Canadian Prime Minister Justin Trudeau pressed supporters at a Black History Month celebration in Gatineau, Quebec Monday to “recognize that anti-black racism and unconscious bias does exist.”
Trudeau has recently been suggesting that First Nations people are also subject to systemic racism in Canada.
“It’s time we recognize that anti-black racism and unconscious bias does exist,” Trudeau told the audience.
“It’s time we hear — and believe — the stories of men and women who have been judged by the colour of their skin. It’s time we take action to ensure equal opportunity and equal treatment of black Canadians in our schools and our places of work.”
Over the past weekend, Trudeau criticized the not guilty verdict of a Saskatchewan farmer charged with the second-degree murder of an aboriginal man.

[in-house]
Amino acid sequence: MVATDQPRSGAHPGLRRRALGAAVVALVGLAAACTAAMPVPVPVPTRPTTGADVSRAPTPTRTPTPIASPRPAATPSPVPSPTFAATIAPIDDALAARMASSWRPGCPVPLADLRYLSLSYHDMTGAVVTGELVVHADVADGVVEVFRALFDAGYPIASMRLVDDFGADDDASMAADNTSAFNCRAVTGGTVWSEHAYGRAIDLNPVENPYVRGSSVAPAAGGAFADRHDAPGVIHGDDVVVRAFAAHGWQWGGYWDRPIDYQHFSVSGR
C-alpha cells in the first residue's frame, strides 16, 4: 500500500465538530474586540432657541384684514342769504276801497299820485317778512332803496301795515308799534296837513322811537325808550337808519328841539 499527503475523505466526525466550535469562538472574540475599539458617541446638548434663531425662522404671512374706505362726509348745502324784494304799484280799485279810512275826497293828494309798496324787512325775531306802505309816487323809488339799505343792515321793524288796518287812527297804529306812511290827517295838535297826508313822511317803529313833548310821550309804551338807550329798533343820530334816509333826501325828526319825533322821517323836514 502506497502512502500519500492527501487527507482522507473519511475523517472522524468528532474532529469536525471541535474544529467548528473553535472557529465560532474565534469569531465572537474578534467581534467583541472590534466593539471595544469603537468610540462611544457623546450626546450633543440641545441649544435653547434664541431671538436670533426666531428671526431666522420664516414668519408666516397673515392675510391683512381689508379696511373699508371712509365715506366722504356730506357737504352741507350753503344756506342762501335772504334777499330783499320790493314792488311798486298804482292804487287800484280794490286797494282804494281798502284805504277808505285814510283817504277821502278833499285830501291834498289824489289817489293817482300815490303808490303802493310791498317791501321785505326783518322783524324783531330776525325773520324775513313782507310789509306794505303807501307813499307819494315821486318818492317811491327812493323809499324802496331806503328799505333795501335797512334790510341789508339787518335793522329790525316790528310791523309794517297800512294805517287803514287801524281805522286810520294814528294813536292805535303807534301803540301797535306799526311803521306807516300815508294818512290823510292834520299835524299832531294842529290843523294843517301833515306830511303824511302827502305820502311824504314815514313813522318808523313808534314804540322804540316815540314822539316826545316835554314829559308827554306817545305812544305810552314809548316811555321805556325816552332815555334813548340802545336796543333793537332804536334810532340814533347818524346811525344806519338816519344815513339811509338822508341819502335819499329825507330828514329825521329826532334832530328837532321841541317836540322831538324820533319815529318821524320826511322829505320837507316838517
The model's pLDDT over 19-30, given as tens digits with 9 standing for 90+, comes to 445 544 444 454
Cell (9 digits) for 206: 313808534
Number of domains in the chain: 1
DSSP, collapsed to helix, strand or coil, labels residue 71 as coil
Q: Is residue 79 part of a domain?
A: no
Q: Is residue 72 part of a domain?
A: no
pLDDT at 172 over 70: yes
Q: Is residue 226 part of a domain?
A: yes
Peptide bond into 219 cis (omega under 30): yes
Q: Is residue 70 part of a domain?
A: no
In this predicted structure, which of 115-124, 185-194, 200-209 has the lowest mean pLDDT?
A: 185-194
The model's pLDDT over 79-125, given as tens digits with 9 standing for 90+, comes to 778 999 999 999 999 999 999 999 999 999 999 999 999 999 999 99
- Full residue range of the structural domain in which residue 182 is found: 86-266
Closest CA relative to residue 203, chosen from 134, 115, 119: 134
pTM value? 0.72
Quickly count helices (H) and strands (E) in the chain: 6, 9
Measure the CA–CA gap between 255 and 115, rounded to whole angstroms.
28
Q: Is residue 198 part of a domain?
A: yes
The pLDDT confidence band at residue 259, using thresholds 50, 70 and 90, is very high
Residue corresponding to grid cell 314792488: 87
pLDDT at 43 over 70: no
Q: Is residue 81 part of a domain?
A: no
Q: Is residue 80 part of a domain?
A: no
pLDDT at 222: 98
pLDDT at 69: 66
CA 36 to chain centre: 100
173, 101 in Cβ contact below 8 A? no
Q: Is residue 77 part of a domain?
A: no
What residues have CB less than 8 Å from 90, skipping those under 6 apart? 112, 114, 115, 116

Trudeau’s suggestion that the justice system was failing all First Nations due to latent racism provoked criticism from both legal experts and the official opposition Conservative Party, saying it is not the prime minister’s role to question a jury’s verdict or suggest it’s cause.
Trudeau suggested black Canadians were not offered the same opportunities nor receiving the same treatment as other Canadians, but offered no examples. He recognized that black groups cite statistics that say there is a higher proportion of Afro-Canadians in prison than in the general population and he promised to encourage more blacks to seek election to the country’s Parliament.
Late in January, Trudeau made Canada a signatory of the United Nations’ International Decade for People of African Descent, which commits his government to documenting how black communities are faring throughout the world.